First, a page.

• 66°

Thorsby’s new judge has big ideas for town

New municipal court judge Amanda Baxley holds court in the Thorsby Annex.

As Thorsby’s new municipal court judge, Amanda Baxley is charged with making decisions based on what is best for the town and its residents.

She plans to make some of those beneficial decisions even when she isn’t holding court.

Baxley has several ideas she thinks will benefit Thorsby. She presented those ideas to a receptive town council at its meeting on July 16.

Mayor Dearl Hilyer appointed Baxley to replace previous municipal court judge Alex Jackson. One of Baxley’s first orders of business was to recommend to Hilyer a candidate for the position of town prosecutor.

Fletcher Green was named to that position.

“He was my first choice,” Baxley said. “I knew he would have the work ethic to put into this.”

Baxley and Green both practice in Clanton. The town judge said she thinks the pair’s proximity to Thorsby will help them run the town’s court business more efficiently.

Next, Baxley would like to see the construction of a bench at the Thorsby Municipal Annex. The building, just off Highway 31, is the site of the town’s court proceedings and town council meetings.

Council members sit around a large table for their meetings. Baxley sits behind a small desk. She said she thinks a bench–a raised wooden structure facing the audience–would enhance both the professionalism and safety of the proceedings.

“It would be based on what the city of Jemison has done, because I’m familiar with their court,” Baxley said. “We’re thinking a semicircle like the [Chilton County] commission.”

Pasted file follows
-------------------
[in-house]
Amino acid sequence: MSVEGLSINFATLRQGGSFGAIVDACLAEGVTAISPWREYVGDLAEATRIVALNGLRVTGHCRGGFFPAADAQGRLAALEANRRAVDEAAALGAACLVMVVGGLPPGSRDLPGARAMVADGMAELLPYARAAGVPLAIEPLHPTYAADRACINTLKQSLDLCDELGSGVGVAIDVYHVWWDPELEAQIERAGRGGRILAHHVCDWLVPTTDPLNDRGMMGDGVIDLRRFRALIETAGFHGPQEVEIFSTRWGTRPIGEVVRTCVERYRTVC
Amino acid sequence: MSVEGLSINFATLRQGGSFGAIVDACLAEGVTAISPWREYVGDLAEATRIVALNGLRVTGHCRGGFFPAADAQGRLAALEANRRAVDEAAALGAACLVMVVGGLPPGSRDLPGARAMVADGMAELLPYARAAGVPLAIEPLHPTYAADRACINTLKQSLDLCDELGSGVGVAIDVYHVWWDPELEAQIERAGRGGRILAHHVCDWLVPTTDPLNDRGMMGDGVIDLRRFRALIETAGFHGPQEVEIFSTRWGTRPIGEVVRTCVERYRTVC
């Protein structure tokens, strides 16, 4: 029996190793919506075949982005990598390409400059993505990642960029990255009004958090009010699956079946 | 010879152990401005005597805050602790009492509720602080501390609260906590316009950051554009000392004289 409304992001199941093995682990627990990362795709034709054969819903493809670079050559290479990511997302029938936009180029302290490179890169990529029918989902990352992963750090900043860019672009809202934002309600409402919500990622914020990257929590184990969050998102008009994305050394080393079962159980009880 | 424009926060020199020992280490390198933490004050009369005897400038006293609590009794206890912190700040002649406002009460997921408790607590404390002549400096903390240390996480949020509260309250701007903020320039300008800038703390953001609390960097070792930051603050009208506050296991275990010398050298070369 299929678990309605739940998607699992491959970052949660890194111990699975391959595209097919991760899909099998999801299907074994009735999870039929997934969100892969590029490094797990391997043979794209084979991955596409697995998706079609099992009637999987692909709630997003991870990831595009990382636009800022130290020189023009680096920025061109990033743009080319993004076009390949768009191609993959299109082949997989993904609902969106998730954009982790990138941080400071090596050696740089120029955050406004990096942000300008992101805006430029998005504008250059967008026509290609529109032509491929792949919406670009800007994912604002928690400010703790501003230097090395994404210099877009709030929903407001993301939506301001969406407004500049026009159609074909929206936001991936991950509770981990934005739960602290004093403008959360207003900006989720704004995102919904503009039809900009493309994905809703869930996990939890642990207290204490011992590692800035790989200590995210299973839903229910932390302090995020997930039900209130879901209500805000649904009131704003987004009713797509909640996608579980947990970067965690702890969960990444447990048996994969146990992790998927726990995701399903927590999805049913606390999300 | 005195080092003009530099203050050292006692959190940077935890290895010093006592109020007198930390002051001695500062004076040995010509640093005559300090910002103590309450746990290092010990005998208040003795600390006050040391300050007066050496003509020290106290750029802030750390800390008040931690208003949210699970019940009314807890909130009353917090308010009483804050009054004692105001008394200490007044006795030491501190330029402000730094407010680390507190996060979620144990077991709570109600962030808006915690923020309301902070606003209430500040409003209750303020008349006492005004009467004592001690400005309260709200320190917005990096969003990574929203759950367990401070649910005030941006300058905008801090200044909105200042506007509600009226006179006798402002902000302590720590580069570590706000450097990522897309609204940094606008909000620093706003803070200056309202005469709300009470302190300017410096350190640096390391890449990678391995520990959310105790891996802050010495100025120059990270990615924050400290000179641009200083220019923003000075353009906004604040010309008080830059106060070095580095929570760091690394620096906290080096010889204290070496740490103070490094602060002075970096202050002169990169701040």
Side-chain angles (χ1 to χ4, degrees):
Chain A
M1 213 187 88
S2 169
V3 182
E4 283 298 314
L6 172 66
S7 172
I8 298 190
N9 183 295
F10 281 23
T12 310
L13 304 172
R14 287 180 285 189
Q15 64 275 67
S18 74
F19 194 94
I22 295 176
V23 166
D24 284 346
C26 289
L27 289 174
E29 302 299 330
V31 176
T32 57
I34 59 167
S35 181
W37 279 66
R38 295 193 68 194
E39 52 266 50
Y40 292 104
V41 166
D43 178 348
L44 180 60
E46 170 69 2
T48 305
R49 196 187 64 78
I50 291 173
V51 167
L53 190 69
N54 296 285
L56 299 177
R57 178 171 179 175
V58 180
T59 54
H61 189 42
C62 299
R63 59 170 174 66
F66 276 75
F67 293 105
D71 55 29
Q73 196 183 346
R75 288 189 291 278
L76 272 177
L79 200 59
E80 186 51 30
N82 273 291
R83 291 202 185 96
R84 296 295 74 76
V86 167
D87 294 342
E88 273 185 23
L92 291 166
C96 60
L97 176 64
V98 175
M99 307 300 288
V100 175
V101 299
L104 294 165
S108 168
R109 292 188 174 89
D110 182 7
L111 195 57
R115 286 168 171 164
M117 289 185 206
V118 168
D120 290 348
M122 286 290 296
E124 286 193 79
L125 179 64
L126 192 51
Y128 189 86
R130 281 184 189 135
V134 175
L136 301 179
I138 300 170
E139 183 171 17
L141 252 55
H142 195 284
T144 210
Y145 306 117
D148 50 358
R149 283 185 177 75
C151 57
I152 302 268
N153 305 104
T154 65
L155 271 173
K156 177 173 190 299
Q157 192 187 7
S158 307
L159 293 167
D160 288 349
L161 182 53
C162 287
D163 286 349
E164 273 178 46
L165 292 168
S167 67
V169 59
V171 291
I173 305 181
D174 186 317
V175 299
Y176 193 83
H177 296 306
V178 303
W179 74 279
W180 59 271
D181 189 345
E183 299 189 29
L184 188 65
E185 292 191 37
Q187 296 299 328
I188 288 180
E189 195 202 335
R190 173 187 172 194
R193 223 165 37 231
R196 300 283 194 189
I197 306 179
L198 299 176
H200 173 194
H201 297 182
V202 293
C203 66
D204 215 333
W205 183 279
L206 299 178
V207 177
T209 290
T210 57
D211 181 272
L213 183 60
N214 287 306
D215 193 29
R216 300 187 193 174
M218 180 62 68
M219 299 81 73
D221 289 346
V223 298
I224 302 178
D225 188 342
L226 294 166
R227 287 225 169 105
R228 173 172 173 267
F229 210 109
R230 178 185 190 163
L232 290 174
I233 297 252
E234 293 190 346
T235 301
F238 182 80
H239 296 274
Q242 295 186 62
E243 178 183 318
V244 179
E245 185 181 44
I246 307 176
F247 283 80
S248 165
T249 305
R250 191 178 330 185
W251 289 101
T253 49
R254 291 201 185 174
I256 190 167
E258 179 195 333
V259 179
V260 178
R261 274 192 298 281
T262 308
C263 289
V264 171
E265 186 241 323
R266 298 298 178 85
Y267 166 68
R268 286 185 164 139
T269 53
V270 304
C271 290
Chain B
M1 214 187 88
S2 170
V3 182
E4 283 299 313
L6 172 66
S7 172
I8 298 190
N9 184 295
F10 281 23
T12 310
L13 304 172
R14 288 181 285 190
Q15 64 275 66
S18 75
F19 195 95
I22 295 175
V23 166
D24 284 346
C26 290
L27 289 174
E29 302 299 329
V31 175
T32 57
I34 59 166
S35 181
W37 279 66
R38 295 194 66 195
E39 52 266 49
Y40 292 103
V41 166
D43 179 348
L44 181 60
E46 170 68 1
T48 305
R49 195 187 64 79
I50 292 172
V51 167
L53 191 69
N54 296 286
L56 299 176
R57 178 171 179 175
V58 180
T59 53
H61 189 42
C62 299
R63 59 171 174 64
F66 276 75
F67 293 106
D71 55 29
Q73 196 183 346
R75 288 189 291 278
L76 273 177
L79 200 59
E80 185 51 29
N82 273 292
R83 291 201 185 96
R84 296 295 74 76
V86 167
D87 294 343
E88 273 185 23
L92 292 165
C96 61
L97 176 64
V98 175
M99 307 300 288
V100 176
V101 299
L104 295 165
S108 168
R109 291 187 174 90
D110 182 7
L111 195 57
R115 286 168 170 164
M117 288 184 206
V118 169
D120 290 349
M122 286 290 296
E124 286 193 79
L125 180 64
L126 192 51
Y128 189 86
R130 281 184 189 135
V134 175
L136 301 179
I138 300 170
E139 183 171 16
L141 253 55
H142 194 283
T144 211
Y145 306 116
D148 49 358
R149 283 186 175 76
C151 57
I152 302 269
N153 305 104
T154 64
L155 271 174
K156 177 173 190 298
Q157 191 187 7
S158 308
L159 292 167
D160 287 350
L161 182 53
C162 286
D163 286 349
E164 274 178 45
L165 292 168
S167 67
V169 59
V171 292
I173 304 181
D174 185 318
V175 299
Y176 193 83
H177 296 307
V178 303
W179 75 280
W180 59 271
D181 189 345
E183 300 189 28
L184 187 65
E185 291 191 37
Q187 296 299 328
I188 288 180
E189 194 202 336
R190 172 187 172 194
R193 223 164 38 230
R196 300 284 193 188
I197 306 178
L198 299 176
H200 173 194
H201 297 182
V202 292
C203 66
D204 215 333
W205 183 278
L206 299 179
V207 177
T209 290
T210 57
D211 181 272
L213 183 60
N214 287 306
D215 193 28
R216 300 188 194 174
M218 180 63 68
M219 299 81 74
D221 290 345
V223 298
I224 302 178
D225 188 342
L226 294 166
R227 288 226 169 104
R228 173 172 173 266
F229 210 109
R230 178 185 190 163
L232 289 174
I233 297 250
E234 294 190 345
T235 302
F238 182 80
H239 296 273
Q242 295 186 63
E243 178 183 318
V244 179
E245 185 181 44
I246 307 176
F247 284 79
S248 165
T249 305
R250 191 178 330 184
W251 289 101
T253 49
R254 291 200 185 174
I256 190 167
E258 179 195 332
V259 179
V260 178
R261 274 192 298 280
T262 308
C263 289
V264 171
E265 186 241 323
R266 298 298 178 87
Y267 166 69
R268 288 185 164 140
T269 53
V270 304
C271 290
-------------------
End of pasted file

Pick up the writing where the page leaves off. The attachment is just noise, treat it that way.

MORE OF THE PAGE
Baxley’s husband, Jason, a state trooper, has volunteered his efforts in helping construct the bench.

Of more interest to town residents might be Baxley’s plan to institute a pre-trial diversion program.

“We had a lot of cases that were being appealed to the circuit court level, and when cases are appealed to the circuit court level, the town loses money,” Baxley said. “The appeals process is there for people when they have a genuine issue with a ruling, but we don’t want people appealing arbitrarily.

“The goal is to keep our cases here in the town.”

The program would target first-time offenders and make available avenues including counseling, drug and alcohol monitoring and community service, in addition to court costs paid to the town.

Once the pre-trial program is completed, the charge would be dismissed.

“There is some stigma that comes along with having a DUI on your record,” Baxley said. “This is for people that just need a second chance. If they were found guilty, they’d have to do these things anyway.”

Baxley is also working with Police Chief Rodney Barnett to set up a driving school to be used by traffic violators.

“My goal would be to, at least, have driving school available every other month,” she said. “It would be only for traffic citations. It would save people from having their insurance rates go up; also, youths could go through because there can be some insurance breaks related to that.”

Baxley has municipal court experience. In addition to her work with District Attorney Randall Houston’s office, she has served as a special prosecutor for the city of Clanton and as a public defender in the city of Jemison.